A number of people asked if I would post my opening framing from the session I produced this afternoon at the Fred Forward conference at the Fred Rogers Center in Latrobe, PA. I cut out some sentences that dealt exclusively with the task at hand for the session. I hope this rundown of challenges facing children's media professionals is helpful to others!
Today, we face vexing technological, financial and societal challenges in developing children’s media. Here are some of the challenges I have in mind:
• Even by preschool, children are immersed in a multi-media world. The media industries often feel they have to be everywhere in order to capture children’s attention, but is “360 development” based on commissioners’ concerns or on children’s needs and abilities? As you generate your idea, give thought to different platforms’ or technologies’ unique capacities and advantages. There are good and bad reasons for choosing each; if you decide on a multi-platform concept, discuss how they’d work individually and together.
• Traditional financial models for children’s educational media are weak – public broadcasting is chronically under-funded, commercial telecasters pay ever-smaller license fees as channels proliferate, the advertising market is fragmented by expanding options. Producers have dwindling options to achieve their vision, and some of those raise troubling questions – content development overshadowed by merchandising concerns, advertising to audiences too young to know its meaning, shows developed for global markets by removing any trace of unique culture. How will you pay for your media concept – and make a living yourselves – without disrespecting children and families?
• We want media ideas that are truly, madly, deeply educational. We have great models of what works on television, and growing research into effective education via digital devices. But we run the risk of cheapening the term “educational” by using it to market outcomes rather than input. Every child has unique needs, interests and abilities: we need to tell parents what ingredients went into the stew, why we chose them and why we believe in them; they’ll tell us whether the stew pleases and nourishes their kids. In short – underpromise and overdeliver. Focus on ensuring a strong learning foundation beneath your idea.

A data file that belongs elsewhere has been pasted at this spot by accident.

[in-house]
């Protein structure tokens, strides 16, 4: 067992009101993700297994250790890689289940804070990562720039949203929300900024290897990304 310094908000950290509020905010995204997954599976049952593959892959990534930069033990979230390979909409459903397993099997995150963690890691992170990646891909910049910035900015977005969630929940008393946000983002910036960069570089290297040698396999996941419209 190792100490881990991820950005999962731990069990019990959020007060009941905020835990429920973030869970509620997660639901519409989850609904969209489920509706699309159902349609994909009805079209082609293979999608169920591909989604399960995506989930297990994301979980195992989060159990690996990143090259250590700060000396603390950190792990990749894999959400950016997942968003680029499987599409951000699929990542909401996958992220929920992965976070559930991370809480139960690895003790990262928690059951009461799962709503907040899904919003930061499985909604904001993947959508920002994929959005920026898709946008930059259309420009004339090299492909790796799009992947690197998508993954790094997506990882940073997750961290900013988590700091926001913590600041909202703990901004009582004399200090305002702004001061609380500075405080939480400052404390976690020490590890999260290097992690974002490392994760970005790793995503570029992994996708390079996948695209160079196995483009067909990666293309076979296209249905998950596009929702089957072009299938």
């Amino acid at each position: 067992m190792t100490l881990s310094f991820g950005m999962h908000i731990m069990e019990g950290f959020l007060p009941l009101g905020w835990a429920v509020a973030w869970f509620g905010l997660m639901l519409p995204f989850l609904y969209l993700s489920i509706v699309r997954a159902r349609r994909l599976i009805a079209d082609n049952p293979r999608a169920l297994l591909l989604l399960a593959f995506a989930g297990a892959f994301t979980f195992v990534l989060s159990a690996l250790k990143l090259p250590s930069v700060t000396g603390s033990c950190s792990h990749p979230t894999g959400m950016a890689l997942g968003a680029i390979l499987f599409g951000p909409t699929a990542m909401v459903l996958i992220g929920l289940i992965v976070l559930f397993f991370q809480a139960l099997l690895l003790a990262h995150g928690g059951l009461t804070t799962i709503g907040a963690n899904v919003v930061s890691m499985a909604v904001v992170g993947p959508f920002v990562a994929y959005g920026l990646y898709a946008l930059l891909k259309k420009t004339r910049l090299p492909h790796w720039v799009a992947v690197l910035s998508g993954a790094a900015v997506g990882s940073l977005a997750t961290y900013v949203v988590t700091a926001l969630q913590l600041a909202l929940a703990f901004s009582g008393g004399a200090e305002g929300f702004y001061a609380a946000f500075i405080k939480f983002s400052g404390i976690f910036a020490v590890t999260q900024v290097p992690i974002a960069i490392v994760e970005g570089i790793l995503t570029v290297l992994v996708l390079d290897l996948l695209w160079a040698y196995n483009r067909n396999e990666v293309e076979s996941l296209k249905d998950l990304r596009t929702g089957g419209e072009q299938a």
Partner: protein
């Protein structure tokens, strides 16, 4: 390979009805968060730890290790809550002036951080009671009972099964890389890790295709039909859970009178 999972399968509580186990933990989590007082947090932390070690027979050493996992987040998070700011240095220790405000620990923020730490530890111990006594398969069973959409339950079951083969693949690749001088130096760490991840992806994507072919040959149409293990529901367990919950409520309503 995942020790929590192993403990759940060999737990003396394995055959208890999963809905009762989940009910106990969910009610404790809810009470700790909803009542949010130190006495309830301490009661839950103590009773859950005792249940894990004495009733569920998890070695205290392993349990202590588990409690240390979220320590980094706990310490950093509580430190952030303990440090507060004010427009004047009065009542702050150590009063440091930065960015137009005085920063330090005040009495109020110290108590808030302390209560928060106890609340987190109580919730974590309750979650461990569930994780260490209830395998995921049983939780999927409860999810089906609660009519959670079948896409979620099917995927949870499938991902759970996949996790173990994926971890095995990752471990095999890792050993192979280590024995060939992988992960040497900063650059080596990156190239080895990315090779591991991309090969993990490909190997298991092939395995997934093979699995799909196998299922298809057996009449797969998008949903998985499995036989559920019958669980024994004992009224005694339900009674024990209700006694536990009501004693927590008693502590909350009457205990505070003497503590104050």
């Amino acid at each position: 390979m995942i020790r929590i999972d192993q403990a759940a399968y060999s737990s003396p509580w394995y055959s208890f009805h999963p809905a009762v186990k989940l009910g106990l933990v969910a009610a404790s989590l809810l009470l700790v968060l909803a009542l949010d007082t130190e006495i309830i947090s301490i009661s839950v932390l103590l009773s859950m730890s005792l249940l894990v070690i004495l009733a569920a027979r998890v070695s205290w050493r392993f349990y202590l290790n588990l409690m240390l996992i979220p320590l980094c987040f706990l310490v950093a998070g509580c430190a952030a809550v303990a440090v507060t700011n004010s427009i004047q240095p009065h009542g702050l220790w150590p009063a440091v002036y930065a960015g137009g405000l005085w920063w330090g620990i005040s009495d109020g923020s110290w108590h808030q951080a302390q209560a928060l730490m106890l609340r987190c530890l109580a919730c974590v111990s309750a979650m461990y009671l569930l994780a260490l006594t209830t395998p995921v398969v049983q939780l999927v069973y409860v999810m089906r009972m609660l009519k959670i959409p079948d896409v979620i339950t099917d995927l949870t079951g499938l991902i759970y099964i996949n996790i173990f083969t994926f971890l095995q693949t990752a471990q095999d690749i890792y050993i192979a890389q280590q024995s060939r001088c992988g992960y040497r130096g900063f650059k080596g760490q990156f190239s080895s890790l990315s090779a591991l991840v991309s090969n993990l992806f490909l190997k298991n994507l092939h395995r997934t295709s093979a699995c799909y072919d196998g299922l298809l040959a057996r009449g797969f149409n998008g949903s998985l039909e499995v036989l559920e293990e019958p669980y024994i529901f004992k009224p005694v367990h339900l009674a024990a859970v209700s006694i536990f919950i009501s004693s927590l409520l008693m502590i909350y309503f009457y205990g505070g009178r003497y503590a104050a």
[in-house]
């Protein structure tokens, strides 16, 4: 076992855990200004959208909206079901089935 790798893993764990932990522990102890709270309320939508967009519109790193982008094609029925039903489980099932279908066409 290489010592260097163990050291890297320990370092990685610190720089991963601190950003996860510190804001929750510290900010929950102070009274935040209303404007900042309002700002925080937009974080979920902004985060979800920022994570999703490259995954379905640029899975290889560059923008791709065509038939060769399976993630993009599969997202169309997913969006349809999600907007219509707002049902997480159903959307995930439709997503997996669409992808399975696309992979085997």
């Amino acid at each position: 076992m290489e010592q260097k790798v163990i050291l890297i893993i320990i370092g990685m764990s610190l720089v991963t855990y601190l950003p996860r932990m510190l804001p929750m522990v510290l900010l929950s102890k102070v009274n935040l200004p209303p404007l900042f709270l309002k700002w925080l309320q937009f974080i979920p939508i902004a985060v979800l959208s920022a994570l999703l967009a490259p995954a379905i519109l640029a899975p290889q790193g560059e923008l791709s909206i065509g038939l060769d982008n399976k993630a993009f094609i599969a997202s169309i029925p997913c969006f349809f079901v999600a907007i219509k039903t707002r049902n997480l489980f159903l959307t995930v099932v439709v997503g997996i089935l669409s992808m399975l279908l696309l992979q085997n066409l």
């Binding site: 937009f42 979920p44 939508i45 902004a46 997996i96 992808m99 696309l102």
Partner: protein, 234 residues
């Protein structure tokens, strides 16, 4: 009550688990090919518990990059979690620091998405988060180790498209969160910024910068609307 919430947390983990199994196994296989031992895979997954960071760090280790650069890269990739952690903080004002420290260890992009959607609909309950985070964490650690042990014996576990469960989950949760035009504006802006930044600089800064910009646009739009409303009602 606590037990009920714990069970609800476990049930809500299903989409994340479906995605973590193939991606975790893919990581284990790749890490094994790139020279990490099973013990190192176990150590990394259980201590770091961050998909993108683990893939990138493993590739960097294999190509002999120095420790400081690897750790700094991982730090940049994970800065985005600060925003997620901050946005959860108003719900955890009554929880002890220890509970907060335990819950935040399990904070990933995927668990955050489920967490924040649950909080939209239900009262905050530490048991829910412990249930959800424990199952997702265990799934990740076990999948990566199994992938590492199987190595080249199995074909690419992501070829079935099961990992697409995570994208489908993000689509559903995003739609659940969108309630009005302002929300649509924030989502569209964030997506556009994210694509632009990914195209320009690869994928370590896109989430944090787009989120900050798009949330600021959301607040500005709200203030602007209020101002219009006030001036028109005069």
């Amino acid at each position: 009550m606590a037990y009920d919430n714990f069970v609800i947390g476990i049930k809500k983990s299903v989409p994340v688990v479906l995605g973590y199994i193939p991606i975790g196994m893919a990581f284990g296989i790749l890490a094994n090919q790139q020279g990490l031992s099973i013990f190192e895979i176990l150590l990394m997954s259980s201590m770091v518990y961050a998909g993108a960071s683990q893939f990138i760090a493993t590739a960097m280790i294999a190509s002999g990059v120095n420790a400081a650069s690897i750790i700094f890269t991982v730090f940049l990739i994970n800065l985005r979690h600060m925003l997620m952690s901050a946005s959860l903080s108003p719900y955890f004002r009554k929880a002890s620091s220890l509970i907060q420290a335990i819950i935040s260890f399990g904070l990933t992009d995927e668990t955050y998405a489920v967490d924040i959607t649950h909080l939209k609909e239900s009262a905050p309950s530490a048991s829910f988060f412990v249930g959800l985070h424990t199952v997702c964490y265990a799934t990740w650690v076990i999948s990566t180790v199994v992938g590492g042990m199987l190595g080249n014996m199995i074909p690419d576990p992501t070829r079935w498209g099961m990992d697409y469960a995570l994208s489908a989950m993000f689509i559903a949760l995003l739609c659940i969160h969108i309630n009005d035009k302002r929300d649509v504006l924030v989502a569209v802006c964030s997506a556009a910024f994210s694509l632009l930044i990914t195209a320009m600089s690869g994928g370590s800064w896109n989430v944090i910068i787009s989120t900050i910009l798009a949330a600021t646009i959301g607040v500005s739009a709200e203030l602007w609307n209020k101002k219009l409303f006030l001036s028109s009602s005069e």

The future of children’s media depends on our solving these challenges. We can only achieve the level of quality we envision, parents long for, and children deserve by untangling the Gordian Knot. Creative excellence starves without sound economics; sound economics depend on our finding media’s appropriate roles in children’s lives; those roles evolve from parents’ trust and children’s engagement; and those comes from creative excellence. Back where we started.
Fred Rogers was a master of that balancing act, in large part because he stayed simple and true to a vision, supported by knowledge of child development. He often quoted “The Little Prince”: that which is essential is invisible to the eye. Done right, our balancing acts and compromises are invisible to children and parents, but any creator of programs, websites, games, products or apps wrestles with them daily.
This session’s goals have less to do with outcomes than with the process. No one expects you to solve all our problems today. Instead, your task – developing a creative media concept around emotional literacy – is designed to encourage sharing experience and expertise across professions, and playing with the processes and language of creative development. We may disagree at times about what children want, need, deserve or delight in, but I hope we can stipulate to two ideas: 1) children’s media aren’t going away, so we need sustainable strategies for giving families our best work across the growing array of technologies; and 2) children, like adults, seek and are entitled to a variety of content that engages, enlightens, informs and entertains them.